Calculating Deemed Disposal on a long term investment
Deemed disposal is a pain for many investors. Having to pay tax on an investment that they have not cashed in. The issue is the whole “gross roll up” system where dividends and profits are reinvested tax free with no income to the Revenue. If the Irish Revenue allowed some alternatives where investors paid their tax on an annual basis, the problem would be solved. But for the moment, it is here and we have to deal with it.
For long term investors who are subject to deemed disposal, the first payment is easy enough to calculate. But how do you calculate the tax due on the second and subsequent disposals?
We will use an example of €100,000 invested for a period of 20 years and show you how to calculate the tax payable.
Step 1 – 8 year deemed disposal
Our €100,000 is now worth €200,000
Our profit is the current value less the investment amount, so that is €100,000
The exit tax at 41%, means the deemed disposal at year 8 is €41,000
Step 2 – 16 year deemed disposal
Our fund has grown to €300,000
In calculating the second deemed disposal, we use the assumption that the first one didn’t occur, so we have to add the €41,000 back to the fund value.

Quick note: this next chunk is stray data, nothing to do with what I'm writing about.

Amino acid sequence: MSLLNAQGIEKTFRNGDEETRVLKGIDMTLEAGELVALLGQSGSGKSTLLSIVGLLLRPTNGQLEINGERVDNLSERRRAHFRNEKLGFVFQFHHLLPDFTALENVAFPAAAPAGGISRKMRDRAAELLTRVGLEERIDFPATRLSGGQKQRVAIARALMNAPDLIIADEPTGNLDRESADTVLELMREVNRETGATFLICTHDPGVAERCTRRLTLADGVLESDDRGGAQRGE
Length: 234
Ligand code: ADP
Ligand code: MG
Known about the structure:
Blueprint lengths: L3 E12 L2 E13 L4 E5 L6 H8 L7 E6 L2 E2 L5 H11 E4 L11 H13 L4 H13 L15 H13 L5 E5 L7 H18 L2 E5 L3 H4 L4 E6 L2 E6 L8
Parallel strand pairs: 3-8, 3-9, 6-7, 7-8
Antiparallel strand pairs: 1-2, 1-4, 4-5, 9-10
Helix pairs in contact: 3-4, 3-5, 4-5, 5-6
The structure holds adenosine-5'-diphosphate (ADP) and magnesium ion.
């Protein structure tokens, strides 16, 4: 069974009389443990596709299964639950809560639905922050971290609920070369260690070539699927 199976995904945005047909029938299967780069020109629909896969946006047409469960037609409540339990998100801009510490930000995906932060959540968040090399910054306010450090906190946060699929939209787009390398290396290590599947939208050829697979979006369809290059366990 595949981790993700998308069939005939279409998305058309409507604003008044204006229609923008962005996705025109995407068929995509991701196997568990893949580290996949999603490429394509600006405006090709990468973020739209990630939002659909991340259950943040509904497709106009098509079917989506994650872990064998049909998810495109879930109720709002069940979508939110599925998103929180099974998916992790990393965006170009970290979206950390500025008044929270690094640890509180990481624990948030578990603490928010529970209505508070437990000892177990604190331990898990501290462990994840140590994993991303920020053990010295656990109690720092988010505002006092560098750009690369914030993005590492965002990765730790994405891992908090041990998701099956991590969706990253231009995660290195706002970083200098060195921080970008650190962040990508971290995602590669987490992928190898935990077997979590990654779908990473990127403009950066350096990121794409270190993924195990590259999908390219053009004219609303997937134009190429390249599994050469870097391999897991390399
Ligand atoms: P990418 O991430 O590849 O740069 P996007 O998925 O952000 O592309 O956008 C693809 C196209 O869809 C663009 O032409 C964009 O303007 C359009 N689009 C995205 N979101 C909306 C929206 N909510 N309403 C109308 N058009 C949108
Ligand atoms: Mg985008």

We add €300,000 with €41,000 less the investment amount, which gives us a taxable amount of €241,000
This means there is a tax liability of €98,810
We have already paid over €41,000 in tax so we can deduct this from the tax due.
Our tax liability at year 16 is €98,810 – €41,000 = €57,810
Step 3 – 20 year actual disposal
Our fund has grown to €400,000 in value and we have decided to cash it in.
Again, in calculating the tax due, we assume that the deemed disposals did not happen, so we add €98,810 to the value of the fund.
The amount subject to taxation is €400,000 + €98,810 – €100,000 = €398,810
The tax due on that amount is €163,512
We have however, already paid €98,810 in tax already which can be offset against our final tax bill
The final tax bill is €64,702
There are a few important points to remember regarding deemed disposal:
If you invest through a life company, they will calculate and pay the deemed disposal from your fund automatically. You do not have to do anything or include it in your tax return.
If you invest through a fund platform or stockbroker, you have to pay your deemed disposal by the following year in which it was due, the same as your income tax will be due.
In this situation, you do not have to pay the deemed disposal from the fund. You can pay it from cash holdings that you may have.
If when you make the final actual disposal, the value of the fund is lower than the deemed disposal valuation used, you claim a refund from the Revenue on the overpayment of tax.